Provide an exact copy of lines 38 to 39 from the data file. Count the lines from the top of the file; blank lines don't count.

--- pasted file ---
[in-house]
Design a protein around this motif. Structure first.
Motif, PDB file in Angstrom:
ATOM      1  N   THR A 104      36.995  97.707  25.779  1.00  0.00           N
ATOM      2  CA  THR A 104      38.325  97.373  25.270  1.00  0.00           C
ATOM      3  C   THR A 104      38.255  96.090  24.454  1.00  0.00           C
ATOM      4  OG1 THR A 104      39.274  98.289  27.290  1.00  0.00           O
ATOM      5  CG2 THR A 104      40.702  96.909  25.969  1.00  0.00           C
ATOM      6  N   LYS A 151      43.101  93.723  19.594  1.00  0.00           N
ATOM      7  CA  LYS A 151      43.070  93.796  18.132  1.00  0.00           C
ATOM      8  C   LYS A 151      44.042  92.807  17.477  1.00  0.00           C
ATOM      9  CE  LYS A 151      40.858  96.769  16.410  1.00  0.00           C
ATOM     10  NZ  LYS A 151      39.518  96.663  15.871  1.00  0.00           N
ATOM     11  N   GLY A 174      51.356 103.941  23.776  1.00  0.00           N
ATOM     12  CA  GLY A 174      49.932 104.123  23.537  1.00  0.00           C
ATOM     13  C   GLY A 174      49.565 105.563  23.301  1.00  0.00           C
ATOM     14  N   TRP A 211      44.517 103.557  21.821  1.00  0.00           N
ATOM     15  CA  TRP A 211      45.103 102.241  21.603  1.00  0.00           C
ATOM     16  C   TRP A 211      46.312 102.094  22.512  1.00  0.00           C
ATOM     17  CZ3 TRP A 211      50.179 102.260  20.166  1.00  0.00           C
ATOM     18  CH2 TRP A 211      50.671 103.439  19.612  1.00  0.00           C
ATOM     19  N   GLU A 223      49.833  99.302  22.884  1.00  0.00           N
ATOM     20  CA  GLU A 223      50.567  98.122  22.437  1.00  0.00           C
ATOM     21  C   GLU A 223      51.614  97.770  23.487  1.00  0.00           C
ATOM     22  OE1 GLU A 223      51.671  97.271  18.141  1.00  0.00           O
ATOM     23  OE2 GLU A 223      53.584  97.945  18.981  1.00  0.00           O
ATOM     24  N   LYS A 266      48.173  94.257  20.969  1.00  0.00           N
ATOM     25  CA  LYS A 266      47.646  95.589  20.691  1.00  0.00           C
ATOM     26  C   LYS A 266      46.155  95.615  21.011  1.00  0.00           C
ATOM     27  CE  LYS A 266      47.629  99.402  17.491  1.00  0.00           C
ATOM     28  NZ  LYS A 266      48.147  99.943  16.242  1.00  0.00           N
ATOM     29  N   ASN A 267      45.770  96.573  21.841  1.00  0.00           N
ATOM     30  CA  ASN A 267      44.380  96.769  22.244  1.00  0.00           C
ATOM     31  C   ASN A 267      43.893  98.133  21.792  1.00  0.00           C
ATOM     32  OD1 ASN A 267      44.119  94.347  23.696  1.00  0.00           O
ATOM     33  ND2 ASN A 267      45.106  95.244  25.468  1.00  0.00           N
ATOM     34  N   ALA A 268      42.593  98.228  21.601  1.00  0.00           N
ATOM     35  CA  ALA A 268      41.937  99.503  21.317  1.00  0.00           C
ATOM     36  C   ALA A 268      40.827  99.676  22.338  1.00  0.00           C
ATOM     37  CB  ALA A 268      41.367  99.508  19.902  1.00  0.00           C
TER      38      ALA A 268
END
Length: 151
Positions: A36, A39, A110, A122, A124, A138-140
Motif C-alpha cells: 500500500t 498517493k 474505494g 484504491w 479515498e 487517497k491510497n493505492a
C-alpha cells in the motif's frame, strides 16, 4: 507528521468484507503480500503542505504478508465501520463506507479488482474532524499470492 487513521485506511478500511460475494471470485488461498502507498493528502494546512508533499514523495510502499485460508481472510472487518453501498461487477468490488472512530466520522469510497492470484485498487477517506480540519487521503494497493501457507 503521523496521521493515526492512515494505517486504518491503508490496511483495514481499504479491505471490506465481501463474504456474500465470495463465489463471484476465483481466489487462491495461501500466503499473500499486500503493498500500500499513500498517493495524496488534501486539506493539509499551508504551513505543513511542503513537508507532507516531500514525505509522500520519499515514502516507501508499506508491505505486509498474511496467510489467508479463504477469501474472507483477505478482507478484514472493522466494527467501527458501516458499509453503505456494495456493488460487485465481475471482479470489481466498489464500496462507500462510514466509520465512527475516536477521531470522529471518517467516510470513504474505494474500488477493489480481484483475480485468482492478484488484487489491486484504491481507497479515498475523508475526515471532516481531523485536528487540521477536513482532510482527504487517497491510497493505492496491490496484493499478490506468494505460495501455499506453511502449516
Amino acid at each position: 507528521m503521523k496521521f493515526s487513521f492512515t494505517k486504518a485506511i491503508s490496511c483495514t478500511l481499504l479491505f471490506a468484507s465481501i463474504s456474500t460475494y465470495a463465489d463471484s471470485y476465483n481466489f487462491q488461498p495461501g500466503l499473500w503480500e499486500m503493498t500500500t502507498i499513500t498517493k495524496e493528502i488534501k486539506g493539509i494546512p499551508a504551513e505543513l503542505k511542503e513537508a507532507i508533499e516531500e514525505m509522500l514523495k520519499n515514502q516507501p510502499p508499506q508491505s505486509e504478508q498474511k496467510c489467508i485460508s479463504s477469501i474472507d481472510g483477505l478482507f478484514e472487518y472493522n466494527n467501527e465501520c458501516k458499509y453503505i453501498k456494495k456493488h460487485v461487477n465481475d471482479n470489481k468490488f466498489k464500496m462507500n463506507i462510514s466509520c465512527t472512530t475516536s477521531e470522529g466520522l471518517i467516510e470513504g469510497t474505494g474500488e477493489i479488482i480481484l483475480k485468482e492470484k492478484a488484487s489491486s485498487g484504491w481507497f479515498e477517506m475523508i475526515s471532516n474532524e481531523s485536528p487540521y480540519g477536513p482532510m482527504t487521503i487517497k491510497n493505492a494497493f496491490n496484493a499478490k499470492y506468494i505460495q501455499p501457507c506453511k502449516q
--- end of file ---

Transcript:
ATOM     35  CA  ALA A 268      41.937  99.503  21.317  1.00  0.00           C
ATOM     36  C   ALA A 268      40.827  99.676  22.338  1.00  0.00           C